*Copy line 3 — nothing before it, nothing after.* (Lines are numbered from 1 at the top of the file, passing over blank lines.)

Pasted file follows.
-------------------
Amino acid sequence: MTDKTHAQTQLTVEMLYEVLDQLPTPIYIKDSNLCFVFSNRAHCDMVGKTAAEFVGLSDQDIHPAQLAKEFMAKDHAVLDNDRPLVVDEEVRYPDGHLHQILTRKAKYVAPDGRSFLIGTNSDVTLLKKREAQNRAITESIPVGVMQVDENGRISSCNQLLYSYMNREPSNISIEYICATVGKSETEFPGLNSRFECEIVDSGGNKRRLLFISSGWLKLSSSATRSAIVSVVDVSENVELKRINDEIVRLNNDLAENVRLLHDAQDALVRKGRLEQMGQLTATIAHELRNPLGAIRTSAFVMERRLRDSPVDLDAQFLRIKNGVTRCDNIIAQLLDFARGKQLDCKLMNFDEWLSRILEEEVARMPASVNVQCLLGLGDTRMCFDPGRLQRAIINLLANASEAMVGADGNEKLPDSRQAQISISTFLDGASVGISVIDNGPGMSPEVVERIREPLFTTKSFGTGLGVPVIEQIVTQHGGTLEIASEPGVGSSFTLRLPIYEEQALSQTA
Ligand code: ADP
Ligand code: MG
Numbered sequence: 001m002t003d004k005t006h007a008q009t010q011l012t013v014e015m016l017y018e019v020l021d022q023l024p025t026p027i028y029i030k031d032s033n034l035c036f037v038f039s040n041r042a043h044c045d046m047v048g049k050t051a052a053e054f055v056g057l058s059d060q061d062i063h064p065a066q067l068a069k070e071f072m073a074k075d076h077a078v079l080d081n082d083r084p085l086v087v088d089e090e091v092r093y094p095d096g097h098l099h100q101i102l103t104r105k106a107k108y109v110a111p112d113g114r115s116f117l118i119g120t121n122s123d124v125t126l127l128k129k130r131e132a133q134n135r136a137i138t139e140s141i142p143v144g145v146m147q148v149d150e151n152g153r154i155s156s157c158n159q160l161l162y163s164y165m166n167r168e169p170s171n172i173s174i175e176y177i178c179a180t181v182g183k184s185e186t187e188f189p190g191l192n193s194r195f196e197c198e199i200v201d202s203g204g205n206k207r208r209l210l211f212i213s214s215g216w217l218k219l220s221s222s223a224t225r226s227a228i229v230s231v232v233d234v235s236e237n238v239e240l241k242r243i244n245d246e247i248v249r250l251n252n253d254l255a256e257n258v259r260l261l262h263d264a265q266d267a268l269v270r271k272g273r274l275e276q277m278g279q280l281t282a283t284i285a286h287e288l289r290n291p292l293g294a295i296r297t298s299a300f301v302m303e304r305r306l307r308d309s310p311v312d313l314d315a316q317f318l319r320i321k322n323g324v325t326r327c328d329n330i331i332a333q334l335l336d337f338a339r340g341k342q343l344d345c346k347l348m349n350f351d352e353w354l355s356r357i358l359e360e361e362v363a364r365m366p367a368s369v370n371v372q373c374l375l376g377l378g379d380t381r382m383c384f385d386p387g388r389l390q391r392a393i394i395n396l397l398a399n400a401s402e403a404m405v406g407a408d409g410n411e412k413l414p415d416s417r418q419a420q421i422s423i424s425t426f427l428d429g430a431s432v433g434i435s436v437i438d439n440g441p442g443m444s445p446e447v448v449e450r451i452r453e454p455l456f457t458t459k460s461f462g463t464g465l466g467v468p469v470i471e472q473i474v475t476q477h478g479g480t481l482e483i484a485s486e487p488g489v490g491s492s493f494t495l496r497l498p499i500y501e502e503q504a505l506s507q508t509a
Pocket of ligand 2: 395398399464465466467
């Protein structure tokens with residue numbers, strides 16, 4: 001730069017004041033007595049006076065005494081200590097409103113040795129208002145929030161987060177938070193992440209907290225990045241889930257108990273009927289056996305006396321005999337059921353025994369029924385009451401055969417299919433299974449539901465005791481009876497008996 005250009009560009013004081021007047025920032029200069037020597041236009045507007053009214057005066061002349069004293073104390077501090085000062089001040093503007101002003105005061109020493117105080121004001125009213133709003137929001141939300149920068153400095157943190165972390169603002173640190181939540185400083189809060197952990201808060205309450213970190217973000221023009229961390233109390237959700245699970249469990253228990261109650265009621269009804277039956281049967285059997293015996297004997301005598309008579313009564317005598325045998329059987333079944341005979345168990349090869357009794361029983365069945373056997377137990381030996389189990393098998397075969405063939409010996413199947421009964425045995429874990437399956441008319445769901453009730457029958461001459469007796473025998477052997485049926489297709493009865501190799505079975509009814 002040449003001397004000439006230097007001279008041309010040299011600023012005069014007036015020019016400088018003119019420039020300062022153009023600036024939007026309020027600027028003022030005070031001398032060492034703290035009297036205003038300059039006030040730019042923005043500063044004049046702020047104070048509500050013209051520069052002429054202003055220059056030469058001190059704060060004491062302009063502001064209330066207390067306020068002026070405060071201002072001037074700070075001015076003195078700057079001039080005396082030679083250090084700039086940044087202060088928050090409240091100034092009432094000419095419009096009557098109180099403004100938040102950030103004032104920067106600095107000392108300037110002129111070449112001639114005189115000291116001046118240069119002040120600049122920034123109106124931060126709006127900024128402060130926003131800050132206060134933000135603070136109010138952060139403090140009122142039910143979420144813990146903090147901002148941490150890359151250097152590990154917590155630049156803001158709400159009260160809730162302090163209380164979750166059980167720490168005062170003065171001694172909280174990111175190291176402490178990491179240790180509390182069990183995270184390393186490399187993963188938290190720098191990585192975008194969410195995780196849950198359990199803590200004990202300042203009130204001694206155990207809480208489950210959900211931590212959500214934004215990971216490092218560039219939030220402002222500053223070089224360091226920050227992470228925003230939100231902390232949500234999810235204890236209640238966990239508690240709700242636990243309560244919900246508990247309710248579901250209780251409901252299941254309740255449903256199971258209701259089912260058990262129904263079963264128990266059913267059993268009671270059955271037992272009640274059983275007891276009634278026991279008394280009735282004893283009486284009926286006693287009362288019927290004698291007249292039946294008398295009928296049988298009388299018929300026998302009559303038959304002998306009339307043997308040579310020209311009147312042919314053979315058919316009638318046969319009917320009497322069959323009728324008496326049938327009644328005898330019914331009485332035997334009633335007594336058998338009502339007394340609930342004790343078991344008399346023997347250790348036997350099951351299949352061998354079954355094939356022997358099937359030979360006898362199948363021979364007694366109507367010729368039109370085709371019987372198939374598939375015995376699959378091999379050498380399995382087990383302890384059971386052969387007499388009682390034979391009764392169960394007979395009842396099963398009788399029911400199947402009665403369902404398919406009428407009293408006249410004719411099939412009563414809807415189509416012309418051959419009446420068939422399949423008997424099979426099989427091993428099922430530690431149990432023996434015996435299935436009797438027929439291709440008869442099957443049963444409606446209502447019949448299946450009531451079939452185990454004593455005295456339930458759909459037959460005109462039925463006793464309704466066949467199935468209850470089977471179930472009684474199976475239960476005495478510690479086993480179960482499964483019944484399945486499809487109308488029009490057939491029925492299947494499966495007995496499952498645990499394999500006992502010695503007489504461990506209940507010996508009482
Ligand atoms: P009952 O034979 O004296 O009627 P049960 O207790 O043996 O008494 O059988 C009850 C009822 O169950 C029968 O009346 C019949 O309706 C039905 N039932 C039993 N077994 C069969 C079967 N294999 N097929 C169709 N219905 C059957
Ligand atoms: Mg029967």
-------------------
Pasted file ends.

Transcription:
Ligand code: MG